¶ 4 The complaint alleged that on September 30, 2007, however, the Slotkys signed a resolution on behalf of BIG, giving Michael the sole power to manage BIG. In addition, the complaint pled in the alternative that Janousek either voluntarily dissociated from BIG or that the Slotkys wrongfully dissociated him from BIG on October 1, 2007. Specifically, the complaint alleged that on that date, the Slotkys terminated Janousek's employment at TBI, changed the locks and alarm codes to BIG's business premises and from that day forward, prevented Janousek from exercising his membership rights in BIG, including management rights, voting rights and access to financial information. The complaint also alleged that on that date, Janousek demanded that the Slotkys purchase Janousek's interest in BIG, thereby giving them notice of his express will to withdraw from BIG. The Slotkys demurred. Meanwhile, with assistance from Katten, the Slotkys formed BIG III on October 22, 2007, to invest in portfolios of delinquent debt accounts and began investing in the same month. The complaint further alleged that in contrast, BIG had not purchased any pools of delinquent debt, except to the extent required by prior contracts, since October 1, 2007.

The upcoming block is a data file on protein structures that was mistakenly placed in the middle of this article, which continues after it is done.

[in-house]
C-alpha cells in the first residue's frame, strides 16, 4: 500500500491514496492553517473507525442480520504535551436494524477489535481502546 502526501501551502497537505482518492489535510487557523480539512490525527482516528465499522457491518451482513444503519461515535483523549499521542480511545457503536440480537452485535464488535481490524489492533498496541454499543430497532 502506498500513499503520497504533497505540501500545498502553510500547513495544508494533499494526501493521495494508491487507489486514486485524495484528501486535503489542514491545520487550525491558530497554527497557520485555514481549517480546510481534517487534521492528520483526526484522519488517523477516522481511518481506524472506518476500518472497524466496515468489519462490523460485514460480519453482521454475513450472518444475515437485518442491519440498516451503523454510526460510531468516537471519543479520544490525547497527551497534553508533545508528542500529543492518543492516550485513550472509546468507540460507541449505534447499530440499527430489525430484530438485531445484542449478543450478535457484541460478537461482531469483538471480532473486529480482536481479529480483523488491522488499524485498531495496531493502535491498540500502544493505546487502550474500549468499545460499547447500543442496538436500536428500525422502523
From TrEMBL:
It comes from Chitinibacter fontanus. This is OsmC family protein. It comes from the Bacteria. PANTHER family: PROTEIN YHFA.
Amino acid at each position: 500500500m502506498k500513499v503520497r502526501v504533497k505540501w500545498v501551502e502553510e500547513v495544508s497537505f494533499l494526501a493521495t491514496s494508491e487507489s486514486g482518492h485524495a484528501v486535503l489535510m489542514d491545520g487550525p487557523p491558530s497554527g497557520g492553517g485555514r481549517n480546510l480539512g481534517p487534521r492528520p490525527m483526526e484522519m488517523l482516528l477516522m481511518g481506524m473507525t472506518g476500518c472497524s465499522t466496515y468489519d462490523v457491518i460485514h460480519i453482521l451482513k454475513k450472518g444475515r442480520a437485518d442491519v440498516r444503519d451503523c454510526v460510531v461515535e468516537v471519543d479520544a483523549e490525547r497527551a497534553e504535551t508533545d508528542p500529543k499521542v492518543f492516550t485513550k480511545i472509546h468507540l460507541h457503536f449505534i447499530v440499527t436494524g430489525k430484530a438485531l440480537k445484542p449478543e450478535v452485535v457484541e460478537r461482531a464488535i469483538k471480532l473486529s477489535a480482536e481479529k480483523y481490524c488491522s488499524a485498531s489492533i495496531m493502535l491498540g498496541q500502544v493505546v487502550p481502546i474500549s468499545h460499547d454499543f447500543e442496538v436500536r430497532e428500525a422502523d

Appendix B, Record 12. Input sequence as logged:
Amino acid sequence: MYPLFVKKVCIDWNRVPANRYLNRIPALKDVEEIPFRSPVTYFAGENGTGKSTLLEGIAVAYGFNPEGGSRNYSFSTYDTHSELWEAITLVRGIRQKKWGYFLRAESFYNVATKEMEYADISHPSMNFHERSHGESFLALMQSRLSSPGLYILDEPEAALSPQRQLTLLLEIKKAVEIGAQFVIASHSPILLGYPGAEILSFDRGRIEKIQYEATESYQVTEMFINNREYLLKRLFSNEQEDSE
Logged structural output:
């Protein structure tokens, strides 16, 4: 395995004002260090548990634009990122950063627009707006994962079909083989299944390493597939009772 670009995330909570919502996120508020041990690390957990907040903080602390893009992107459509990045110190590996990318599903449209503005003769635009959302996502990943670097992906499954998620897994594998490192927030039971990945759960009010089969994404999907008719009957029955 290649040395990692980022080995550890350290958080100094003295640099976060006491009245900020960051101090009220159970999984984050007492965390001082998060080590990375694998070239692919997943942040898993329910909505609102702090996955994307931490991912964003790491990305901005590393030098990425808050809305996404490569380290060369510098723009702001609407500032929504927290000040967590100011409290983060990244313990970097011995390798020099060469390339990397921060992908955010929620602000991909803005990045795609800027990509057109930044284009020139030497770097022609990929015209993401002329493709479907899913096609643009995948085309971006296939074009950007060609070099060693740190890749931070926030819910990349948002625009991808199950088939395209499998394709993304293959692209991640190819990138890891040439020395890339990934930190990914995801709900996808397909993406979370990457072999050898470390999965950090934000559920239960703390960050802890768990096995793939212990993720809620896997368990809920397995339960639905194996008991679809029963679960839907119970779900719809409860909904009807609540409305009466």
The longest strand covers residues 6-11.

¶ 5 Attached to the complaint was the resolution, signed solely by the Slotkys, that essentially granted Michael the sole authority to conduct BIG's business. Also attached were BIG's articles of organization and its operating agreement. The operating agreement states, among other things, that BIG is member managed and that membership rights include the "right to inspect the Company's books and records," and the "right to participate in the management of and vote on matters coming before the Company." Furthermore, the operating agreement requires that a majority of members keep "complete and accurate books and records of the Company and supporting documentation of the transactions with respect to the conduct of the Company's business" and requires that the books and records "be maintained in accordance with sound accounting principles and practices and shall be available at the Company's principal office for examination by any Member or the Member's duly authorized representative at any and all reasonable times during normal business hours."